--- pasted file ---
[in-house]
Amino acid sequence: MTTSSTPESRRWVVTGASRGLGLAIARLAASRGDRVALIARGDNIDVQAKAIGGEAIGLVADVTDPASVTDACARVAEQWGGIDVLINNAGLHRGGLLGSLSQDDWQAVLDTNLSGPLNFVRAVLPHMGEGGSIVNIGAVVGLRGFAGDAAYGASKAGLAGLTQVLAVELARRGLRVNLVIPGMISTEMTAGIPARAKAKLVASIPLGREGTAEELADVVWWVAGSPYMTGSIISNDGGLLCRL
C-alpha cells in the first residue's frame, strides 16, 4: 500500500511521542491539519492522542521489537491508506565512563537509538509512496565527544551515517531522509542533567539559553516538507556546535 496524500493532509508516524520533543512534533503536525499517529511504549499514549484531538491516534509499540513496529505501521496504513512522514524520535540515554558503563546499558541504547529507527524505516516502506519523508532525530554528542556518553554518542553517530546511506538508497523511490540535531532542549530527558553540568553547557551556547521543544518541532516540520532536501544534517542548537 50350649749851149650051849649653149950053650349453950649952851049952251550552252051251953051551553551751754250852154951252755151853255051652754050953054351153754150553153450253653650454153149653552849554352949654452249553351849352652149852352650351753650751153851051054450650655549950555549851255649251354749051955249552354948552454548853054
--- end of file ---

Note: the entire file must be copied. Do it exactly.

[in-house]
Amino acid sequence: MTTSSTPESRRWVVTGASRGLGLAIARLAASRGDRVALIARGDNIDVQAKAIGGEAIGLVADVTDPASVTDACARVAEQWGGIDVLINNAGLHRGGLLGSLSQDDWQAVLDTNLSGPLNFVRAVLPHMGEGGSIVNIGAVVGLRGFAGDAAYGASKAGLAGLTQVLAVELARRGLRVNLVIPGMISTEMTAGIPARAKAKLVASIPLGREGTAEELADVVWWVAGSPYMTGSIISNDGGLLCRL
C-alpha cells in the first residue's frame, strides 16, 4: 500500500511521542491539519492522542521489537491508506565512563537509538509512496565527544551515517531522509542533567539559553516538507556546535 496524500493532509508516524520533543512534533503536525499517529511504549499514549484531538491516534509499540513496529505501521496504513512522514524520535540515554558503563546499558541504547529507527524505516516502506519523508532525530554528542556518553554518542553517530546511506538508497523511490540535531532542549530527558553540568553547557551556547521543544518541532516540520532536501544534517542548537 50350649749851149650051849649653149950053650349453950649952851049952251550552252051251953051551553551751754250852154951252755151853255051652754050953054351153754150553153450253653650454153149653552849554352949654452249553351849352652149852352650351753650751153851051054450650655549950555549851255649251354749051955249552354948552454548853054